“Not seven. Two or three. That’s what I prepared for. There will be a recession. It will be hard. There will be high interest rates. It won’t be easy. It might be worse than it is now. What’s certain is that it will take time until the valuations of the companies that really were inflated return to their previous valuations, if at all. Companies will shift more to profitability models. Startups will have to be turning a profit practically from the beginning, and the more the better. There will be fewer buyouts, too. Business activity will be reduced and there will be less investment in startups. I guess there will be less sales, too.”
What do you mean when you say you “prepared” for this?
“I fueled myself. I made sure to have buyouts. I sold some stock. I’m very pleased with the steps I took in order to get through these next couple of years with stability, with the ability to continue investing.”
What is there to invest in?
“The giant companies a decade from now are the companies that are worth investing in now. Mainly in the environmental field, because there is phenomenal opportunity there, and these are also investments that help everyone who, like me, believes in the idea that business is society and society is business. The next wave of Israeli startups is the one that will build the corporations of tomorrow, and many more large corporations will come out of Israel than was the case before this crisis. Which is why this is the most fascinating place in the world to live. I just ask of all those who are able to impact this not to hurt this miracle known as Israeli creativity.”
You’re kind of ignoring how they misled people here with all the public offerings at these crazy valuations. The public invested and got burned.
“That’s part of the cyclicality of high-tech, and the economy in general. You have to do whatever you can to prevent the next cases like this, but it’s human nature.”
It’s becoming increasingly clear that some Israeli high-tech companies basically serve to exploit consumers – to raise prices, to target customers in order to push them toward products they don’t need. Maybe it’s time to start looking at high-tech a little differently? To also see the public angle, and not only that of the entrepreneurs and investors?
“There is good and bad in every area. There are bad things in entrepreneurship, too. I try to fight this with my companies. I’m an impact investor and my goal is to restore honor to the business sphere. We deserve to have businesses that aid humanity and not just make money. Trying to make a buck at the expense of our peace of mind is a very bad thing, and I am fighting against this.”
How do you decide to invest in someone?
“My philosophy is primarily to invest early on in young and hungry entrepreneurs who want to change the world for the better and who live and breathe their startup.”
How much money do you manage?
“Around $100 million.”
Whose money is it?
“It’s personal and family money. Our platform is called 2B.VC, which is short for Two Brothers, so it’s basically a memorial.”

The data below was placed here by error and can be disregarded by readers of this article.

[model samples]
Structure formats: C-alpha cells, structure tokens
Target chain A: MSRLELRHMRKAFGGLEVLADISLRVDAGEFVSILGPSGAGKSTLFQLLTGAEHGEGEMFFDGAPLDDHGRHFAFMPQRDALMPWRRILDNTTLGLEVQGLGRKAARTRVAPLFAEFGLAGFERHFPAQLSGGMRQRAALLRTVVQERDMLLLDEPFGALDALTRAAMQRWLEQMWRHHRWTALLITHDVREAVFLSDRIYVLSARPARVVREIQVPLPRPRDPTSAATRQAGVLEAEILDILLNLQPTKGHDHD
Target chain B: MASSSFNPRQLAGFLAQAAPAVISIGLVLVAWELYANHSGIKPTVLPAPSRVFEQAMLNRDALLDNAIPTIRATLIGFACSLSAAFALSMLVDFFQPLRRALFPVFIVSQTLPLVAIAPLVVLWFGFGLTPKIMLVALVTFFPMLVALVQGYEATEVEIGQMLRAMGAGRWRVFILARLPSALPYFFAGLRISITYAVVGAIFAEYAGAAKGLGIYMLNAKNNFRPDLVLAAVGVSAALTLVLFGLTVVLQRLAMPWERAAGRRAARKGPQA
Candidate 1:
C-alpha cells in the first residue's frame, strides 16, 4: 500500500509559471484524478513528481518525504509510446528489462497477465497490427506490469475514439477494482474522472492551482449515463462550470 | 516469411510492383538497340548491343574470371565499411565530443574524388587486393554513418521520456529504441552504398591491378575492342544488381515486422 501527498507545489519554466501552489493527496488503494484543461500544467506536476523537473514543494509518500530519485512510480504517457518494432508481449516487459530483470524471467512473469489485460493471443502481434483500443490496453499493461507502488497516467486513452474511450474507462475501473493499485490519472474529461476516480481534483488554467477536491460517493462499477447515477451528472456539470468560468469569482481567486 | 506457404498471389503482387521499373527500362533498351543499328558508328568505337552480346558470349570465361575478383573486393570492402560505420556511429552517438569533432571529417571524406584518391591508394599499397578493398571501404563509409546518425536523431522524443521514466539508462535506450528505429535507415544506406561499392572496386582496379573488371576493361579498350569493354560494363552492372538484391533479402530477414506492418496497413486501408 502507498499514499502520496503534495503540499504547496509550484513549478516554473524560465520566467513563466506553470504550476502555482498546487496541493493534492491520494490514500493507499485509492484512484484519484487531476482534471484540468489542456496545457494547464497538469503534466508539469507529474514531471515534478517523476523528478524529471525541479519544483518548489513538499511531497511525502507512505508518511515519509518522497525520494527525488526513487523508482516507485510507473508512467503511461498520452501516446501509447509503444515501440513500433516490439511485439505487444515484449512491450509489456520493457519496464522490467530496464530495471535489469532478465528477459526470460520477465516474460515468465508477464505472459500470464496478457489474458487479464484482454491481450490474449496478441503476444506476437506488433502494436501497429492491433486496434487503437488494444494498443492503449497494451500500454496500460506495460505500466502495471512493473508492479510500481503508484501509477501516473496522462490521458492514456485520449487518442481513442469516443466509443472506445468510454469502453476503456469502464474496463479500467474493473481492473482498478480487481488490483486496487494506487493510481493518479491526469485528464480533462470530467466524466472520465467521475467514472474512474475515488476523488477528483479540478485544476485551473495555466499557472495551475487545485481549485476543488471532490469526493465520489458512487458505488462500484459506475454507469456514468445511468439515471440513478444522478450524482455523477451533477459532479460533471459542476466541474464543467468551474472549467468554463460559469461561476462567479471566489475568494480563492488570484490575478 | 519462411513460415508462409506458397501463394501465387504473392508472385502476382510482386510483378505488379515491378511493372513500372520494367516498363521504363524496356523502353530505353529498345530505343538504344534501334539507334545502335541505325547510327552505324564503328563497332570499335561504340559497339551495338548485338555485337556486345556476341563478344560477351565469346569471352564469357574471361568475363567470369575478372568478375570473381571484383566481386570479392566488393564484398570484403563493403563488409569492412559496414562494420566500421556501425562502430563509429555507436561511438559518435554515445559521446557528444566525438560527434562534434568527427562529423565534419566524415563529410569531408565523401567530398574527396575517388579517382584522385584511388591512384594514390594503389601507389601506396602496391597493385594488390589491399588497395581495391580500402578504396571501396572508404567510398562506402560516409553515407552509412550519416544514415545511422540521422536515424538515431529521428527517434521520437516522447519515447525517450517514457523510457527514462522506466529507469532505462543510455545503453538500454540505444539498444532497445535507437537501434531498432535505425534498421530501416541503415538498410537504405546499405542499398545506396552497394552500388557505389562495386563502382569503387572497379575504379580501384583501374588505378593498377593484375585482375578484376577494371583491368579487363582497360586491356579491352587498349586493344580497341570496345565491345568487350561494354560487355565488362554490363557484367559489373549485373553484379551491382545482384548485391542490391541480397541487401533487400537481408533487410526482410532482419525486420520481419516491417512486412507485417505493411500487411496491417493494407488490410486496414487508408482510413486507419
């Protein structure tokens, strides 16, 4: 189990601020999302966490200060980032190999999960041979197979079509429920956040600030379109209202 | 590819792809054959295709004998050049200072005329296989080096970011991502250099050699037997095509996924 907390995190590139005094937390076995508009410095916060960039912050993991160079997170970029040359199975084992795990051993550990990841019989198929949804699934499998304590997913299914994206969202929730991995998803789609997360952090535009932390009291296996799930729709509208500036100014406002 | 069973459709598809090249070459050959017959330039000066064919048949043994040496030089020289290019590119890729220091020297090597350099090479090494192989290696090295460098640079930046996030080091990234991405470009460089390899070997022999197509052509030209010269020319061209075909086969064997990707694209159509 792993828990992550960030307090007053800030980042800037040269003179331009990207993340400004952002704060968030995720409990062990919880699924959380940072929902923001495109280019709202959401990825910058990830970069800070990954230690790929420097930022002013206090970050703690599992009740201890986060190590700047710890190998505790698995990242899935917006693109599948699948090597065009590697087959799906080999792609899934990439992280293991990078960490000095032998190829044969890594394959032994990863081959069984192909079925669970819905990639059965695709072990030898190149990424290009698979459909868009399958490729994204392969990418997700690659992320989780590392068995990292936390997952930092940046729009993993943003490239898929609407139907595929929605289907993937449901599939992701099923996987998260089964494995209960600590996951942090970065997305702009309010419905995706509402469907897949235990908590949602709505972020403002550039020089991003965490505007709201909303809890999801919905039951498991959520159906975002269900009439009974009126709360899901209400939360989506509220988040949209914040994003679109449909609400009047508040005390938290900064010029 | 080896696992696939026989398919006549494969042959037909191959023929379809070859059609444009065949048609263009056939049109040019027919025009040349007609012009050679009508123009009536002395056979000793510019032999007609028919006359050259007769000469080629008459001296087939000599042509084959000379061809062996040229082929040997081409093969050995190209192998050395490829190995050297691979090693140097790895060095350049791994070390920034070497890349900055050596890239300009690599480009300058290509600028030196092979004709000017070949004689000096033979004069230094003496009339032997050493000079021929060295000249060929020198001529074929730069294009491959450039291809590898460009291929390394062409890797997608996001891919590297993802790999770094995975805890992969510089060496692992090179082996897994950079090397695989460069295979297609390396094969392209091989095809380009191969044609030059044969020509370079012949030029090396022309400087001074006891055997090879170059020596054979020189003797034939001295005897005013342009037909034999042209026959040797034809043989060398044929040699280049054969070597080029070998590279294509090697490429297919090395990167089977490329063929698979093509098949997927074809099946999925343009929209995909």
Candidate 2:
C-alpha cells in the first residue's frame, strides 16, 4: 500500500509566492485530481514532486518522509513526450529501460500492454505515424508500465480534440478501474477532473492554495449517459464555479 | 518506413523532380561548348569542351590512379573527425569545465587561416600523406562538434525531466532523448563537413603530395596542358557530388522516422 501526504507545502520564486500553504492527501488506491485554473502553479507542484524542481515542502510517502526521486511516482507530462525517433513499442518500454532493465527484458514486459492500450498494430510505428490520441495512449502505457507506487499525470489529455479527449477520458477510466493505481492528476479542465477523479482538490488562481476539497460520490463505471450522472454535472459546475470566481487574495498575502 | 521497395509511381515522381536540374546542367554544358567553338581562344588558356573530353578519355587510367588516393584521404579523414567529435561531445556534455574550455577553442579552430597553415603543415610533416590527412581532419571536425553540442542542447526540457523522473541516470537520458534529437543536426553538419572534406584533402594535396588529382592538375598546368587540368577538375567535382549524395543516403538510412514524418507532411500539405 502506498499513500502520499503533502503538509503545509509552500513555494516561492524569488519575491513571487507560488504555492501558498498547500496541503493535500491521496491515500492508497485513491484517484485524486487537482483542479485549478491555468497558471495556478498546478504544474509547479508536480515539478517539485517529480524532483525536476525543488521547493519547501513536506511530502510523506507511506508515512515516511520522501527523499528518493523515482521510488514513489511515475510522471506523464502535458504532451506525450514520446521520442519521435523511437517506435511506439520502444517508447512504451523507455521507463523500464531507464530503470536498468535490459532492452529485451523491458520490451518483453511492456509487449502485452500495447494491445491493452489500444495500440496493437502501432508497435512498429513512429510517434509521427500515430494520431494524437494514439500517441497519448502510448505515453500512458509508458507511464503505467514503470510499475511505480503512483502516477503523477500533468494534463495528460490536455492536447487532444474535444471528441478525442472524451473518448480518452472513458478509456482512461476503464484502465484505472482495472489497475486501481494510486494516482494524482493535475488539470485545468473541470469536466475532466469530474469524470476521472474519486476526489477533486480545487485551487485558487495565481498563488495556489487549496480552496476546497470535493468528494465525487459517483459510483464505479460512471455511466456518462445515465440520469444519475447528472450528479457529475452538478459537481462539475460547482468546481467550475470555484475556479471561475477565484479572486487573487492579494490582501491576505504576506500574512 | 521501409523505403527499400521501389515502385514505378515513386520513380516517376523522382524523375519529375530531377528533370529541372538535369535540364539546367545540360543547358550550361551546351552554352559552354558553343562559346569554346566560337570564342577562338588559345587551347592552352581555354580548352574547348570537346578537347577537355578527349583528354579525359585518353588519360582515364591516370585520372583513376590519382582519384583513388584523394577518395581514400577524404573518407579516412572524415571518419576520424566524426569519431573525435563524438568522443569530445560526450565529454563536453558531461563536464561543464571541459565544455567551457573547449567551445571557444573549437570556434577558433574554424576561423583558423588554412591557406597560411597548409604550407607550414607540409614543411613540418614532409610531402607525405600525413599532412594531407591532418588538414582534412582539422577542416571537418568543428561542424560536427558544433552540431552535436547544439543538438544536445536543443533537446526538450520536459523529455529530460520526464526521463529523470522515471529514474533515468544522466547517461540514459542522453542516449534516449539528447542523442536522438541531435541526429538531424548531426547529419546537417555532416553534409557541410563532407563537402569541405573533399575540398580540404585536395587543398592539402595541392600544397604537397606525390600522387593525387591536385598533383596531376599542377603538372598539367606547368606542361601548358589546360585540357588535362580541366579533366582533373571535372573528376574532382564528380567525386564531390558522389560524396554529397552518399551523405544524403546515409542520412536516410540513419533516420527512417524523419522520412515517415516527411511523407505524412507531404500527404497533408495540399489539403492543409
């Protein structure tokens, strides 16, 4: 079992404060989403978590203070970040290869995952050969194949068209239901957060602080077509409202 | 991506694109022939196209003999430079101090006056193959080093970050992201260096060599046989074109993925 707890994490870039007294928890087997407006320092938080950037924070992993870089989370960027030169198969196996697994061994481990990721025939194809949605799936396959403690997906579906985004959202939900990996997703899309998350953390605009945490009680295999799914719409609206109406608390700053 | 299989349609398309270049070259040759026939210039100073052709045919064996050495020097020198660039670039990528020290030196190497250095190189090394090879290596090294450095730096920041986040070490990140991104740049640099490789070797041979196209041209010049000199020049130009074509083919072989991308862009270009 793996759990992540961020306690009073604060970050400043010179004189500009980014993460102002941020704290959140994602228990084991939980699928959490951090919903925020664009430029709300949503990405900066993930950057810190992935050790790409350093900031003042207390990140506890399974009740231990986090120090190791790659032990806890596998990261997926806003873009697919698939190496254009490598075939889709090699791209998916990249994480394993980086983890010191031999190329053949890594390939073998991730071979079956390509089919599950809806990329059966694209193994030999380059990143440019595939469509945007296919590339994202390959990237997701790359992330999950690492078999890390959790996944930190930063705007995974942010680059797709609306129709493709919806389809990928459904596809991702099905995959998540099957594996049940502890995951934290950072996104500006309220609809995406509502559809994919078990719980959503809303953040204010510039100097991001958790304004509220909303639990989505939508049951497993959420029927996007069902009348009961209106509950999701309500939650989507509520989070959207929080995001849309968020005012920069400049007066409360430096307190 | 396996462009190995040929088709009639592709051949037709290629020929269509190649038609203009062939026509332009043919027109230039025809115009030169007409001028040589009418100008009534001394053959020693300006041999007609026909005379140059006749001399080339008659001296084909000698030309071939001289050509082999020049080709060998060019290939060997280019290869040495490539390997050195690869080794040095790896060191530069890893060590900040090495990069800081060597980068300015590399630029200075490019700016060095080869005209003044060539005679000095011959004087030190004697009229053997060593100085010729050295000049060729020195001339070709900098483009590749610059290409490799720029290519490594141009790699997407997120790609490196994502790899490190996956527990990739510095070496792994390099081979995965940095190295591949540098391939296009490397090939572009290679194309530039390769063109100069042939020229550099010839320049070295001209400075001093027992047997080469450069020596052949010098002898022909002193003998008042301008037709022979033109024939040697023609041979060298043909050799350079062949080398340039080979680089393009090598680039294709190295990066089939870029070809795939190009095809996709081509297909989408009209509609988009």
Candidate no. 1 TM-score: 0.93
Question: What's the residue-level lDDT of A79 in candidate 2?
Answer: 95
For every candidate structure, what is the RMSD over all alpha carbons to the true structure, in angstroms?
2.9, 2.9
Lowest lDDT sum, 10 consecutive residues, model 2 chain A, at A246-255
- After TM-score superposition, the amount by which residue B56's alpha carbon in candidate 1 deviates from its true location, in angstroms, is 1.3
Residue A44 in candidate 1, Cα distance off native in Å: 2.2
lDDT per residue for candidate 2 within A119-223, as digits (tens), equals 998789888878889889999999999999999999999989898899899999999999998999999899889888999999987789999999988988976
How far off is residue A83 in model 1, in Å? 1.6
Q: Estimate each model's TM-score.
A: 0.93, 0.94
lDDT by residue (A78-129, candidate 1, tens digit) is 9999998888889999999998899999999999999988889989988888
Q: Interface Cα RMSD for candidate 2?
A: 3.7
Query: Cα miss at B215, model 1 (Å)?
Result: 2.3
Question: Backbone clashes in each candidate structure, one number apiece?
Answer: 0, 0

To your brother, Shneor Cheshin, who was run over and killed in a hit-and-run when he was on his bicycle in 2010.
“Shneor was the businessman in the family, and I was going to be the academic. I planned to write a doctorate, and then that terrible tragedy happened. Shneor was killed, and I found myself shifting from intellectual activity into business activity. On the legal level, it was actually liberating for me, because I didn’t really like law, but I loved philosophy.
“But the void left by Shneor left no room for doubt. I loved him very much, and his death completely stunned me, which ultimately led me to found 2B. Even though Shneor preferred not to mix business and family and mostly did not involve me in his business affairs, after his death I set it up so that he’s doing business with me every day. Shneor was very kind and giving and had a highly developed social conscience – something we both inherited from our mother.”
A word about your father, the late Mishael Cheshin, who was vice president of the Supreme Court.
“I don’t short-change my father, either. Try to run from your fate, and your fate runs after you. I happened to invest in the largest workspace in Israel for lawyers. The sometimes misery-inducing drive for perfection as well as professional thoroughness are qualities I absorbed from him. Also his always humane treatment of workers, and the pursuit of justice, in investments and in one’s daily work.”
And how are you doing in business? Just because you manage $100 million doesn’t mean you didn’t have $200 million before.
“No, no, we’re in great shape. I’m very pleased. Coming from academia, it took a little while for me to find my killer instinct. And now I’m pleasantly surprised. Our average is well above the market. I think we have the best ability to identify promising startups. I’ve developed a good deal of expertise in identifying startups in the pre-seed round. Today I have the best investment team in Israel.”